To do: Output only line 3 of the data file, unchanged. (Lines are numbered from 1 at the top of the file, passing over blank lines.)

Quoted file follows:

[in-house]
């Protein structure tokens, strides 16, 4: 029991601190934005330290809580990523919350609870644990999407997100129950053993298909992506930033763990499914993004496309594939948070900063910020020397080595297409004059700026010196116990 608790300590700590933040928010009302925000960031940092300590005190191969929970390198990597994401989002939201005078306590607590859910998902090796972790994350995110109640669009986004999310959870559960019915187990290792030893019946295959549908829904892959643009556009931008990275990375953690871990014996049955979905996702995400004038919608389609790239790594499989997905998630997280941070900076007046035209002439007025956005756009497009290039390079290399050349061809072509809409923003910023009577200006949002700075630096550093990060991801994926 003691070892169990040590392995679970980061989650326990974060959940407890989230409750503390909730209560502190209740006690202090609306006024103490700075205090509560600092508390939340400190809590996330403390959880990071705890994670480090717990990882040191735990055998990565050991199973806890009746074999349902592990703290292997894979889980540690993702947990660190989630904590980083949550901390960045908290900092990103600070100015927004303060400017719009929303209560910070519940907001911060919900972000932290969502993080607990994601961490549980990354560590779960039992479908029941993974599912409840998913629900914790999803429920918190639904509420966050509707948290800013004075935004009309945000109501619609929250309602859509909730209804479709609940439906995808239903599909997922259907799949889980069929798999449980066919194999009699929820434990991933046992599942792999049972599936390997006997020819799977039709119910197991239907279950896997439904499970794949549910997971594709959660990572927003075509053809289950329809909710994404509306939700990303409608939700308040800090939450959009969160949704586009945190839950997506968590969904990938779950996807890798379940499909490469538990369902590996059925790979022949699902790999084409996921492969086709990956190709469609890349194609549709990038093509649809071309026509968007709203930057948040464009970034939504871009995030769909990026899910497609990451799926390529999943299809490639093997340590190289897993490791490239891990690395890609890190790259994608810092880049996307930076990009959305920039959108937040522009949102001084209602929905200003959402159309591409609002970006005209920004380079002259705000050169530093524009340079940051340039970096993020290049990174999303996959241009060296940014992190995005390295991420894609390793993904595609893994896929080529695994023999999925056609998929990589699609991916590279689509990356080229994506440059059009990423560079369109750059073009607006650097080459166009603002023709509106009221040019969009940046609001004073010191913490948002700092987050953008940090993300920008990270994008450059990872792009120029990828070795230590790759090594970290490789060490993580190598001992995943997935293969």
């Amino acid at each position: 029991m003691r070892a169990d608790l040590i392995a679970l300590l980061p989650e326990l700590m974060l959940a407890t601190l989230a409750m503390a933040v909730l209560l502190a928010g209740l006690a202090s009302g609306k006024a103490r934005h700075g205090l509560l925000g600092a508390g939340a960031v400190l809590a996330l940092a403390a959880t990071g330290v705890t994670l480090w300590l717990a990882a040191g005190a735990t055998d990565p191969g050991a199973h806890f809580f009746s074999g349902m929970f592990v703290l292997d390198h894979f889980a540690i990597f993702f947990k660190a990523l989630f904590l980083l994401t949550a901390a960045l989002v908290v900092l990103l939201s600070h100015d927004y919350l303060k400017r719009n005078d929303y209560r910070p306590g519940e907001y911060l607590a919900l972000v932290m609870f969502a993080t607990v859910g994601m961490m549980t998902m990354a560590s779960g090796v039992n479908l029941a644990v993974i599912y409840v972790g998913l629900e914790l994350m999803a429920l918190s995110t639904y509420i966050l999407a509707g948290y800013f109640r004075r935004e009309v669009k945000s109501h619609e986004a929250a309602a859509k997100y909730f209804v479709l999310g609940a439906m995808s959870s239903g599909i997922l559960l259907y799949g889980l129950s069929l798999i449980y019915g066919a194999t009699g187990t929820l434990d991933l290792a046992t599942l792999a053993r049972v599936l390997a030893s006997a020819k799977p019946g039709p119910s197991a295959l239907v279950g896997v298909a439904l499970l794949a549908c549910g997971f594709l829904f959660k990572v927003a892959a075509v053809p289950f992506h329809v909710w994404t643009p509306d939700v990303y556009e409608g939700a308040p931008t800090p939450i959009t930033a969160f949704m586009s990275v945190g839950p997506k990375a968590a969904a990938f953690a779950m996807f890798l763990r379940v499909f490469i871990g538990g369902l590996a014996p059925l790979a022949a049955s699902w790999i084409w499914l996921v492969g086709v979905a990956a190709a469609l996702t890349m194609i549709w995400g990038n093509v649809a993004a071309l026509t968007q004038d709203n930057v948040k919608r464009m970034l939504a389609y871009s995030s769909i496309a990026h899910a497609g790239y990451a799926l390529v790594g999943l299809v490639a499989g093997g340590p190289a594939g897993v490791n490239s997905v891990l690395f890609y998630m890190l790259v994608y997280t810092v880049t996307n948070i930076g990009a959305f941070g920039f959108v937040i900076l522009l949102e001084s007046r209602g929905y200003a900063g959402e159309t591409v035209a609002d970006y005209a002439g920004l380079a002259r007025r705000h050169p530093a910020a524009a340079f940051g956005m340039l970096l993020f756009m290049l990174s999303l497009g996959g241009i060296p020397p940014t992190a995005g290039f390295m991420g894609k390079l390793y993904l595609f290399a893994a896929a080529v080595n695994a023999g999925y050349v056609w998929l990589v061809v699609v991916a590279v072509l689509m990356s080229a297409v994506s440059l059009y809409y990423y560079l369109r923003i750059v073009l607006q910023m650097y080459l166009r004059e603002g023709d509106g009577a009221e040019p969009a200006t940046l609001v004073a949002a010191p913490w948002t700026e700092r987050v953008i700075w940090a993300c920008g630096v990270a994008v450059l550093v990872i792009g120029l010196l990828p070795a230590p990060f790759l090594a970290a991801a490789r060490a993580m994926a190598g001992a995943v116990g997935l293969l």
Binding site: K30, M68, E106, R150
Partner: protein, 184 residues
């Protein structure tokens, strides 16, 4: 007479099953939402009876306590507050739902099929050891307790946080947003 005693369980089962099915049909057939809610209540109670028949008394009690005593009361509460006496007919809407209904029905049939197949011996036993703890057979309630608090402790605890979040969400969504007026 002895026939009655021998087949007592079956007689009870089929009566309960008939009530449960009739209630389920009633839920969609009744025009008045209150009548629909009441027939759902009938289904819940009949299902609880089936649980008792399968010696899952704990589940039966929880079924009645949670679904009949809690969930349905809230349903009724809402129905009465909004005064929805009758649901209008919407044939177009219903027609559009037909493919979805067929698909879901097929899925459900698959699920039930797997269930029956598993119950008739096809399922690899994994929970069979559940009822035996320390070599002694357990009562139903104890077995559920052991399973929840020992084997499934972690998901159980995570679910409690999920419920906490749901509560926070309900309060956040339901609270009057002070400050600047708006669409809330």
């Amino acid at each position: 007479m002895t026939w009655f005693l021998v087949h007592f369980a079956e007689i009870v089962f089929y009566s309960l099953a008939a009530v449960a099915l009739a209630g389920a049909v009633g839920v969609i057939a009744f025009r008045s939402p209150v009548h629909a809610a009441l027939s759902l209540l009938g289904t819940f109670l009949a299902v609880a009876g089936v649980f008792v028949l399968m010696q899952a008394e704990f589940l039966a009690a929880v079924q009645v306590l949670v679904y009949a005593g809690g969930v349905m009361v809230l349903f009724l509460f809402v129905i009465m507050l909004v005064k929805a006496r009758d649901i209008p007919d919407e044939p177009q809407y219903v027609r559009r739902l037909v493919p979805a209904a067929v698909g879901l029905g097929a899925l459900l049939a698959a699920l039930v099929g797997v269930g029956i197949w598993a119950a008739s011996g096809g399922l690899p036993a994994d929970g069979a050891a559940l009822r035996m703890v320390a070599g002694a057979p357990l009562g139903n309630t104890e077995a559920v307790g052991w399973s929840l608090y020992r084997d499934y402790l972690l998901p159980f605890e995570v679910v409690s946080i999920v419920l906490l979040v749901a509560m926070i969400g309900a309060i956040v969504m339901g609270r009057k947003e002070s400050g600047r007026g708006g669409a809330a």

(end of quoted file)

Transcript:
């Amino acid at each position: 029991m003691r070892a169990d608790l040590i392995a679970l300590l980061p989650e326990l700590m974060l959940a407890t601190l989230a409750m503390a933040v909730l209560l502190a928010g209740l006690a202090s009302g609306k006024a103490r934005h700075g205090l509560l925000g600092a508390g939340a960031v400190l809590a996330l940092a403390a959880t990071g330290v705890t994670l480090w300590l717990a990882a040191g005190a735990t055998d990565p191969g050991a199973h806890f809580f009746s074999g349902m929970f592990v703290l292997d390198h894979f889980a540690i990597f993702f947990k660190a990523l989630f904590l980083l994401t949550a901390a960045l989002v908290v900092l990103l939201s600070h100015d927004y919350l303060k400017r719009n005078d929303y209560r910070p306590g519940e907001y911060l607590a919900l972000v932290m609870f969502a993080t607990v859910g994601m961490m549980t998902m990354a560590s779960g090796v039992n479908l029941a644990v993974i599912y409840v972790g998913l629900e914790l994350m999803a429920l918190s995110t639904y509420i966050l999407a509707g948290y800013f109640r004075r935004e009309v669009k945000s109501h619609e986004a929250a309602a859509k997100y909730f209804v479709l999310g609940a439906m995808s959870s239903g599909i997922l559960l259907y799949g889980l129950s069929l798999i449980y019915g066919a194999t009699g187990t929820l434990d991933l290792a046992t599942l792999a053993r049972v599936l390997a030893s006997a020819k799977p019946g039709p119910s197991a295959l239907v279950g896997v298909a439904l499970l794949a549908c549910g997971f594709l829904f959660k990572v927003a892959a075509v053809p289950f992506h329809v909710w994404t643009p509306d939700v990303y556009e409608g939700a308040p931008t800090p939450i959009t930033a969160f949704m586009s990275v945190g839950p997506k990375a968590a969904a990938f953690a779950m996807f890798l763990r379940v499909f490469i871990g538990g369902l590996a014996p059925l790979a022949a049955s699902w790999i084409w499914l996921v492969g086709v979905a990956a190709a469609l996702t890349m194609i549709w995400g990038n093509v649809a993004a071309l026509t968007q004038d709203n930057v948040k919608r464009m970034l939504a389609y871009s995030s769909i496309a990026h899910a497609g790239y990451a799926l390529v790594g999943l299809v490639a499989g093997g340590p190289a594939g897993v490791n490239s997905v891990l690395f890609y998630m890190l790259v994608y997280t810092v880049t996307n948070i930076g990009a959305f941070g920039f959108v937040i900076l522009l949102e001084s007046r209602g929905y200003a900063g959402e159309t591409v035209a609002d970006y005209a002439g920004l380079a002259r007025r705000h050169p530093a910020a524009a340079f940051g956005m340039l970096l993020f756009m290049l990174s999303l497009g996959g241009i060296p020397p940014t992190a995005g290039f390295m991420g894609k390079l390793y993904l595609f290399a893994a896929a080529v080595n695994a023999g999925y050349v056609w998929l990589v061809v699609v991916a590279v072509l689509m990356s080229a297409v994506s440059l059009y809409y990423y560079l369109r923003i750059v073009l607006q910023m650097y080459l166009r004059e603002g023709d509106g009577a009221e040019p969009a200006t940046l609001v004073a949002a010191p913490w948002t700026e700092r987050v953008i700075w940090a993300c920008g630096v990270a994008v450059l550093v990872i792009g120029l010196l990828p070795a230590p990060f790759l090594a970290a991801a490789r060490a993580m994926a190598g001992a995943v116990g997935l293969l």